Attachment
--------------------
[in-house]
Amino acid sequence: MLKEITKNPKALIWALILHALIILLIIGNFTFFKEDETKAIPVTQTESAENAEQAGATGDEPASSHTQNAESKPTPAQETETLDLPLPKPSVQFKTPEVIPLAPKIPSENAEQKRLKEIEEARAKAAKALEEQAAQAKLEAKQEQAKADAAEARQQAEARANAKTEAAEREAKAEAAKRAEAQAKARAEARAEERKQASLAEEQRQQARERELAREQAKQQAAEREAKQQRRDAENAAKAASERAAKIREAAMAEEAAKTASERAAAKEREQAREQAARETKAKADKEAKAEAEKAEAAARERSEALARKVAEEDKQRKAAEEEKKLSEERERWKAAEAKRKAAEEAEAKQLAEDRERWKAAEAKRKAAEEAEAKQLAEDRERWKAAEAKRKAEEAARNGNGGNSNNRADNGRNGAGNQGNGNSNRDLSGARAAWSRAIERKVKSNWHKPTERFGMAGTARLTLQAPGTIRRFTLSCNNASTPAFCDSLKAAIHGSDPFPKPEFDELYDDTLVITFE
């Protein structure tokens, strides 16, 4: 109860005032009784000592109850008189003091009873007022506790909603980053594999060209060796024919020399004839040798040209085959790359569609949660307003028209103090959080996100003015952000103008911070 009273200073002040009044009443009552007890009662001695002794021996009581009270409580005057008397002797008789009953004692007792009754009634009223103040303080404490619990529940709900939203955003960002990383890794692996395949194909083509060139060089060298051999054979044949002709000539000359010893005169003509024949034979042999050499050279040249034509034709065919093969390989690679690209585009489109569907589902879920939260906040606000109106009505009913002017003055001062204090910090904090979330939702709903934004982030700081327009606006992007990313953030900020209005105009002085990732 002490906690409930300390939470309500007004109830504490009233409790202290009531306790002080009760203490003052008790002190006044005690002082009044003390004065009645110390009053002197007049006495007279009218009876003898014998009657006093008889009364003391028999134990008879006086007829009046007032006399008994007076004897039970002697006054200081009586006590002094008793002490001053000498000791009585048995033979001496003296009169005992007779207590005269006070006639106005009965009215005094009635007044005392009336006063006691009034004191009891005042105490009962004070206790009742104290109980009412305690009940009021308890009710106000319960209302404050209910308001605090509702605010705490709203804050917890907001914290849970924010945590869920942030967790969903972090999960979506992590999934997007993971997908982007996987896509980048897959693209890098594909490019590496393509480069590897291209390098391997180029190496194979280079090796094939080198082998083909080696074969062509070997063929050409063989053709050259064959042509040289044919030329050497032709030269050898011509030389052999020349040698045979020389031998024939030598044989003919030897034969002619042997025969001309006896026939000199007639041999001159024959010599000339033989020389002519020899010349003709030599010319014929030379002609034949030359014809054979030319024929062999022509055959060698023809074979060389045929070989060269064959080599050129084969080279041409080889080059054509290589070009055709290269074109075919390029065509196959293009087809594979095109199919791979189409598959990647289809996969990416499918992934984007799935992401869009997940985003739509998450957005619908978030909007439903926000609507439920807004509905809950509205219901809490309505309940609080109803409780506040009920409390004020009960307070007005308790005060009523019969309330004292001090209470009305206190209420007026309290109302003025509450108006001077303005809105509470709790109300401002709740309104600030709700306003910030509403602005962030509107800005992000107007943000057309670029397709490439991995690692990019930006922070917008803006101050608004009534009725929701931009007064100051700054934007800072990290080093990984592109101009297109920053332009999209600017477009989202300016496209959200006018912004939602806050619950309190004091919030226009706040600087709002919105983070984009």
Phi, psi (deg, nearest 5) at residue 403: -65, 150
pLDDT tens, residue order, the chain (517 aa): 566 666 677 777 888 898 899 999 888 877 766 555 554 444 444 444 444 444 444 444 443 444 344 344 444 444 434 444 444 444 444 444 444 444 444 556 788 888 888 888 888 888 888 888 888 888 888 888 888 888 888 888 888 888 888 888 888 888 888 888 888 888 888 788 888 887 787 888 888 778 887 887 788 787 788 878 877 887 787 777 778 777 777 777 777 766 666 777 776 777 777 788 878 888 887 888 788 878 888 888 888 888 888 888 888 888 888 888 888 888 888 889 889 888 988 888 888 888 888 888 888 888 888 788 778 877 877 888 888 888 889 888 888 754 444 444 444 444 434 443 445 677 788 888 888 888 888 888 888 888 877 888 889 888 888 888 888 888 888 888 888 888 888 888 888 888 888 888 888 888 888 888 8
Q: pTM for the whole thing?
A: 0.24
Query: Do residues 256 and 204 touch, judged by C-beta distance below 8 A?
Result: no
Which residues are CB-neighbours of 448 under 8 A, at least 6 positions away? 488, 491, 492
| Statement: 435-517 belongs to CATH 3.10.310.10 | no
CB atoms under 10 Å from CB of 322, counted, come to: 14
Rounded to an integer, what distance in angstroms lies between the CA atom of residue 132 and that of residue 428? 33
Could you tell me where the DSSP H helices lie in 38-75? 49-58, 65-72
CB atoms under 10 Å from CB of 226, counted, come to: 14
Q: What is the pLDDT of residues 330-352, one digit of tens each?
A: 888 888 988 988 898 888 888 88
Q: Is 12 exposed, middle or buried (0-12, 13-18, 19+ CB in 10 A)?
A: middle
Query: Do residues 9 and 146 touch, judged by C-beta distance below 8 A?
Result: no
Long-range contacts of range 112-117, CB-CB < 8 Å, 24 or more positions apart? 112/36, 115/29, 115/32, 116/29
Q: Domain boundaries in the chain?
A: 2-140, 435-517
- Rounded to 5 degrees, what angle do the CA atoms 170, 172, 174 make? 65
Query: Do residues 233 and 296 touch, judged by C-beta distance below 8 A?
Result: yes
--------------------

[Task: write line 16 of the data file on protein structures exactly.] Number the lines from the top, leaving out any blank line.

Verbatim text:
Q: What is the pLDDT of residues 330-352, one digit of tens each?